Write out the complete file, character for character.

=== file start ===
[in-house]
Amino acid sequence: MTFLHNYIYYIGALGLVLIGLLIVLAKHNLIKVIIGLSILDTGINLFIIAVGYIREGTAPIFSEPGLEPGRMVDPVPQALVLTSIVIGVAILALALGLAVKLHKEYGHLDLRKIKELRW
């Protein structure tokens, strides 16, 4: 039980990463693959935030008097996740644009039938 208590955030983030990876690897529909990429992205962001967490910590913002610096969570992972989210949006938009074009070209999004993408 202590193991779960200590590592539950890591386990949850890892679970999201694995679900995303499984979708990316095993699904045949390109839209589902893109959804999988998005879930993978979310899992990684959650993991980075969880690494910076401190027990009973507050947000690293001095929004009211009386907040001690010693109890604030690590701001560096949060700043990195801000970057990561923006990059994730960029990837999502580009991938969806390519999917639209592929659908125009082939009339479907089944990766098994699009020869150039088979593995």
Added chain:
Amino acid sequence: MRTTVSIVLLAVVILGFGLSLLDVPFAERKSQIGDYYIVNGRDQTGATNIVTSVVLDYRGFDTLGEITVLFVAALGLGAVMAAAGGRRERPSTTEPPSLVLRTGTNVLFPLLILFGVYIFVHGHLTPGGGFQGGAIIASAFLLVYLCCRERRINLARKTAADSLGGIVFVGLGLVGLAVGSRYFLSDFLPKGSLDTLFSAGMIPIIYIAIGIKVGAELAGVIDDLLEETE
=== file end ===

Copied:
[in-house]
Amino acid sequence: MTFLHNYIYYIGALGLVLIGLLIVLAKHNLIKVIIGLSILDTGINLFIIAVGYIREGTAPIFSEPGLEPGRMVDPVPQALVLTSIVIGVAILALALGLAVKLHKEYGHLDLRKIKELRW
């Protein structure tokens, strides 16, 4: 039980990463693959935030008097996740644009039938 208590955030983030990876690897529909990429992205962001967490910590913002610096969570992972989210949006938009074009070209999004993408 202590193991779960200590590592539950890591386990949850890892679970999201694995679900995303499984979708990316095993699904045949390109839209589902893109959804999988998005879930993978979310899992990684959650993991980075969880690494910076401190027990009973507050947000690293001095929004009211009386907040001690010693109890604030690590701001560096949060700043990195801000970057990561923006990059994730960029990837999502580009991938969806390519999917639209592929659908125009082939009339479907089944990766098994699009020869150039088979593995």
Added chain:
Amino acid sequence: MRTTVSIVLLAVVILGFGLSLLDVPFAERKSQIGDYYIVNGRDQTGATNIVTSVVLDYRGFDTLGEITVLFVAALGLGAVMAAAGGRRERPSTTEPPSLVLRTGTNVLFPLLILFGVYIFVHGHLTPGGGFQGGAIIASAFLLVYLCCRERRINLARKTAADSLGGIVFVGLGLVGLAVGSRYFLSDFLPKGSLDTLFSAGMIPIIYIAIGIKVGAELAGVIDDLLEETE